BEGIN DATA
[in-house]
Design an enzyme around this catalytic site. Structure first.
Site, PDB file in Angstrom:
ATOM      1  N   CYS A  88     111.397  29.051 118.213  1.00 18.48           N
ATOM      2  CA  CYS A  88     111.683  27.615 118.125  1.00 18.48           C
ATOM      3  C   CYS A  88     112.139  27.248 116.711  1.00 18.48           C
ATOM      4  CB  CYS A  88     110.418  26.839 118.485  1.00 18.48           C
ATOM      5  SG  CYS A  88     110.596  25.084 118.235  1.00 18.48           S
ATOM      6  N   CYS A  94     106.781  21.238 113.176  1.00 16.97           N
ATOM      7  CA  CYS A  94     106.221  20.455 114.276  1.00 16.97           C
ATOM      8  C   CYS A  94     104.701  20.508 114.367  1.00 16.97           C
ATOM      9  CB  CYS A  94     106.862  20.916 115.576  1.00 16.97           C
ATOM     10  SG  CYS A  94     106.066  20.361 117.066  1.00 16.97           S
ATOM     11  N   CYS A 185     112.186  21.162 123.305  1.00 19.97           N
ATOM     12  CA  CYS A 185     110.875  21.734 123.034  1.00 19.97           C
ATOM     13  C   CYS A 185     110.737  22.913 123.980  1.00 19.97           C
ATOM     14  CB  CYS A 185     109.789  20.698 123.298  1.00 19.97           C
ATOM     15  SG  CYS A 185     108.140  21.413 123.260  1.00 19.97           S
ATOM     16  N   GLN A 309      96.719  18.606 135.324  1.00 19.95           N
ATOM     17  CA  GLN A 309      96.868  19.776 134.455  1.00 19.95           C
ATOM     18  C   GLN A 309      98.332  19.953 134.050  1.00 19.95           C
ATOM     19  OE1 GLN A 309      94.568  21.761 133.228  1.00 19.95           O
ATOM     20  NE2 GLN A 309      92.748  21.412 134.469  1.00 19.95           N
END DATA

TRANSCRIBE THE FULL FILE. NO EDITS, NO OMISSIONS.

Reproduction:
[in-house]
Design an enzyme around this catalytic site. Structure first.
Site, PDB file in Angstrom:
ATOM      1  N   CYS A  88     111.397  29.051 118.213  1.00 18.48           N
ATOM      2  CA  CYS A  88     111.683  27.615 118.125  1.00 18.48           C
ATOM      3  C   CYS A  88     112.139  27.248 116.711  1.00 18.48           C
ATOM      4  CB  CYS A  88     110.418  26.839 118.485  1.00 18.48           C
ATOM      5  SG  CYS A  88     110.596  25.084 118.235  1.00 18.48           S
ATOM      6  N   CYS A  94     106.781  21.238 113.176  1.00 16.97           N
ATOM      7  CA  CYS A  94     106.221  20.455 114.276  1.00 16.97           C
ATOM      8  C   CYS A  94     104.701  20.508 114.367  1.00 16.97           C
ATOM      9  CB  CYS A  94     106.862  20.916 115.576  1.00 16.97           C
ATOM     10  SG  CYS A  94     106.066  20.361 117.066  1.00 16.97           S
ATOM     11  N   CYS A 185     112.186  21.162 123.305  1.00 19.97           N
ATOM     12  CA  CYS A 185     110.875  21.734 123.034  1.00 19.97           C
ATOM     13  C   CYS A 185     110.737  22.913 123.980  1.00 19.97           C
ATOM     14  CB  CYS A 185     109.789  20.698 123.298  1.00 19.97           C
ATOM     15  SG  CYS A 185     108.140  21.413 123.260  1.00 19.97           S
ATOM     16  N   GLN A 309      96.719  18.606 135.324  1.00 19.95           N
ATOM     17  CA  GLN A 309      96.868  19.776 134.455  1.00 19.95           C
ATOM     18  C   GLN A 309      98.332  19.953 134.050  1.00 19.95           C
ATOM     19  OE1 GLN A 309      94.568  21.761 133.228  1.00 19.95           O
ATOM     20  NE2 GLN A 309      92.748  21.412 134.469  1.00 19.95           N